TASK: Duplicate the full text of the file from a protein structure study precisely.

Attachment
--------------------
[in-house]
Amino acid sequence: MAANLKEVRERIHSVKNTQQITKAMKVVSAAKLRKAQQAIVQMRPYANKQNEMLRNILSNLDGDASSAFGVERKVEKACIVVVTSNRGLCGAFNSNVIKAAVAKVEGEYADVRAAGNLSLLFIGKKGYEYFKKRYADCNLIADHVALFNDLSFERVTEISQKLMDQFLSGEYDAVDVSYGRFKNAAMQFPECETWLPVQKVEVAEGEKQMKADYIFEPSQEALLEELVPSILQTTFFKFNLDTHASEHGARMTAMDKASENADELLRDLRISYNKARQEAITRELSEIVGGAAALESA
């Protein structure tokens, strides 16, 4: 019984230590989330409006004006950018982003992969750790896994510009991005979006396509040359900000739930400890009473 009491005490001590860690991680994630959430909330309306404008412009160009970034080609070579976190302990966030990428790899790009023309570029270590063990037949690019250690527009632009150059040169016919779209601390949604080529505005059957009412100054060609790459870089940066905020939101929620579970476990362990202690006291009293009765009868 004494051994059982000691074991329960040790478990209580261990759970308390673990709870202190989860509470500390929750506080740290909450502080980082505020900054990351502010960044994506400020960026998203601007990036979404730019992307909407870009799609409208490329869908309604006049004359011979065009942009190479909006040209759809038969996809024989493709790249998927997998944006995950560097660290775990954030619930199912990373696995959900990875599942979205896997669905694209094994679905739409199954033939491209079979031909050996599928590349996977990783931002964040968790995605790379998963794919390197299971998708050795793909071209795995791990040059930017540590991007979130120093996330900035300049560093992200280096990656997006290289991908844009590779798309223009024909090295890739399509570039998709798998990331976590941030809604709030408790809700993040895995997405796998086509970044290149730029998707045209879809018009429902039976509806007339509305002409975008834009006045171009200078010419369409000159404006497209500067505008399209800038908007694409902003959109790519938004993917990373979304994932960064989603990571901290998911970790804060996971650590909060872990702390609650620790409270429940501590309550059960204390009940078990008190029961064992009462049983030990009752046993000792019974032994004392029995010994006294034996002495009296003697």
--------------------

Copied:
[in-house]
Amino acid sequence: MAANLKEVRERIHSVKNTQQITKAMKVVSAAKLRKAQQAIVQMRPYANKQNEMLRNILSNLDGDASSAFGVERKVEKACIVVVTSNRGLCGAFNSNVIKAAVAKVEGEYADVRAAGNLSLLFIGKKGYEYFKKRYADCNLIADHVALFNDLSFERVTEISQKLMDQFLSGEYDAVDVSYGRFKNAAMQFPECETWLPVQKVEVAEGEKQMKADYIFEPSQEALLEELVPSILQTTFFKFNLDTHASEHGARMTAMDKASENADELLRDLRISYNKARQEAITRELSEIVGGAAALESA
């Protein structure tokens, strides 16, 4: 019984230590989330409006004006950018982003992969750790896994510009991005979006396509040359900000739930400890009473 009491005490001590860690991680994630959430909330309306404008412009160009970034080609070579976190302990966030990428790899790009023309570029270590063990037949690019250690527009632009150059040169016919779209601390949604080529505005059957009412100054060609790459870089940066905020939101929620579970476990362990202690006291009293009765009868 004494051994059982000691074991329960040790478990209580261990759970308390673990709870202190989860509470500390929750506080740290909450502080980082505020900054990351502010960044994506400020960026998203601007990036979404730019992307909407870009799609409208490329869908309604006049004359011979065009942009190479909006040209759809038969996809024989493709790249998927997998944006995950560097660290775990954030619930199912990373696995959900990875599942979205896997669905694209094994679905739409199954033939491209079979031909050996599928590349996977990783931002964040968790995605790379998963794919390197299971998708050795793909071209795995791990040059930017540590991007979130120093996330900035300049560093992200280096990656997006290289991908844009590779798309223009024909090295890739399509570039998709798998990331976590941030809604709030408790809700993040895995997405796998086509970044290149730029998707045209879809018009429902039976509806007339509305002409975008834009006045171009200078010419369409000159404006497209500067505008399209800038908007694409902003959109790519938004993917990373979304994932960064989603990571901290998911970790804060996971650590909060872990702390609650620790409270429940501590309550059960204390009940078990008190029961064992009462049983030990009752046993000792019974032994004392029995010994006294034996002495009296003697």